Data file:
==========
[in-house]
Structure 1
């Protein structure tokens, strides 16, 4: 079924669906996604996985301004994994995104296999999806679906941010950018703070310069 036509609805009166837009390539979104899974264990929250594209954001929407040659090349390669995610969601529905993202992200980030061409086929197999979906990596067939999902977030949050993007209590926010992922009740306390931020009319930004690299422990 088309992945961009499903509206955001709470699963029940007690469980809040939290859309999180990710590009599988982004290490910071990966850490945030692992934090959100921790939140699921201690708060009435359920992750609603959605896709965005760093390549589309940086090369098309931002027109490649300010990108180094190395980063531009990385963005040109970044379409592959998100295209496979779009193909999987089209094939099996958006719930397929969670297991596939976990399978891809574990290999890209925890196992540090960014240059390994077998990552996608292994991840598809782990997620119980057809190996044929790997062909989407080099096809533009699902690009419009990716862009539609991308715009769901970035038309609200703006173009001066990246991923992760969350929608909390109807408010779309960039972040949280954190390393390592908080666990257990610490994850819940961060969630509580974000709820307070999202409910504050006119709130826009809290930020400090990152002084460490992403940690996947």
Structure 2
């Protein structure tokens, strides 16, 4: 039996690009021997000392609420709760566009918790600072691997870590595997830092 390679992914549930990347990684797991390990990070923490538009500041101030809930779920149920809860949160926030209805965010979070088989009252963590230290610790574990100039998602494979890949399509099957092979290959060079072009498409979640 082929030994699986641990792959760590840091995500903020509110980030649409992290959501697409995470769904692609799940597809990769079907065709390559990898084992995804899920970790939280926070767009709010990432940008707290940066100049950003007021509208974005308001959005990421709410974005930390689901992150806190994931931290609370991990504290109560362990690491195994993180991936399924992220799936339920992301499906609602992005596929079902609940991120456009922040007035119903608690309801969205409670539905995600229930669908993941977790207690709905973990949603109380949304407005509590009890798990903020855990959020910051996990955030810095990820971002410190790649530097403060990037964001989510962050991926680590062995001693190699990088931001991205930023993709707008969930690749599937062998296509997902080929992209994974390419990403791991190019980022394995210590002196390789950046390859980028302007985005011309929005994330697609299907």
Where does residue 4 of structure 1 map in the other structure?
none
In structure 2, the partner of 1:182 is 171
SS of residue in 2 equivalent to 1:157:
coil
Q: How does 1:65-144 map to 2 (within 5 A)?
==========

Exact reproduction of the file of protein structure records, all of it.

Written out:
[in-house]
Structure 1
């Protein structure tokens, strides 16, 4: 079924669906996604996985301004994994995104296999999806679906941010950018703070310069 036509609805009166837009390539979104899974264990929250594209954001929407040659090349390669995610969601529905993202992200980030061409086929197999979906990596067939999902977030949050993007209590926010992922009740306390931020009319930004690299422990 088309992945961009499903509206955001709470699963029940007690469980809040939290859309999180990710590009599988982004290490910071990966850490945030692992934090959100921790939140699921201690708060009435359920992750609603959605896709965005760093390549589309940086090369098309931002027109490649300010990108180094190395980063531009990385963005040109970044379409592959998100295209496979779009193909999987089209094939099996958006719930397929969670297991596939976990399978891809574990290999890209925890196992540090960014240059390994077998990552996608292994991840598809782990997620119980057809190996044929790997062909989407080099096809533009699902690009419009990716862009539609991308715009769901970035038309609200703006173009001066990246991923992760969350929608909390109807408010779309960039972040949280954190390393390592908080666990257990610490994850819940961060969630509580974000709820307070999202409910504050006119709130826009809290930020400090990152002084460490992403940690996947």
Structure 2
């Protein structure tokens, strides 16, 4: 039996690009021997000392609420709760566009918790600072691997870590595997830092 390679992914549930990347990684797991390990990070923490538009500041101030809930779920149920809860949160926030209805965010979070088989009252963590230290610790574990100039998602494979890949399509099957092979290959060079072009498409979640 082929030994699986641990792959760590840091995500903020509110980030649409992290959501697409995470769904692609799940597809990769079907065709390559990898084992995804899920970790939280926070767009709010990432940008707290940066100049950003007021509208974005308001959005990421709410974005930390689901992150806190994931931290609370991990504290109560362990690491195994993180991936399924992220799936339920992301499906609602992005596929079902609940991120456009922040007035119903608690309801969205409670539905995600229930669908993941977790207690709905973990949603109380949304407005509590009890798990903020855990959020910051996990955030810095990820971002410190790649530097403060990037964001989510962050991926680590062995001693190699990088931001991205930023993709707008969930690749599937062998296509997902080929992209994974390419990403791991190019980022394995210590002196390789950046390859980028302007985005011309929005994330697609299907």
Where does residue 4 of structure 1 map in the other structure?
none
In structure 2, the partner of 1:182 is 171
SS of residue in 2 equivalent to 1:157:
coil
Q: How does 1:65-144 map to 2 (within 5 A)?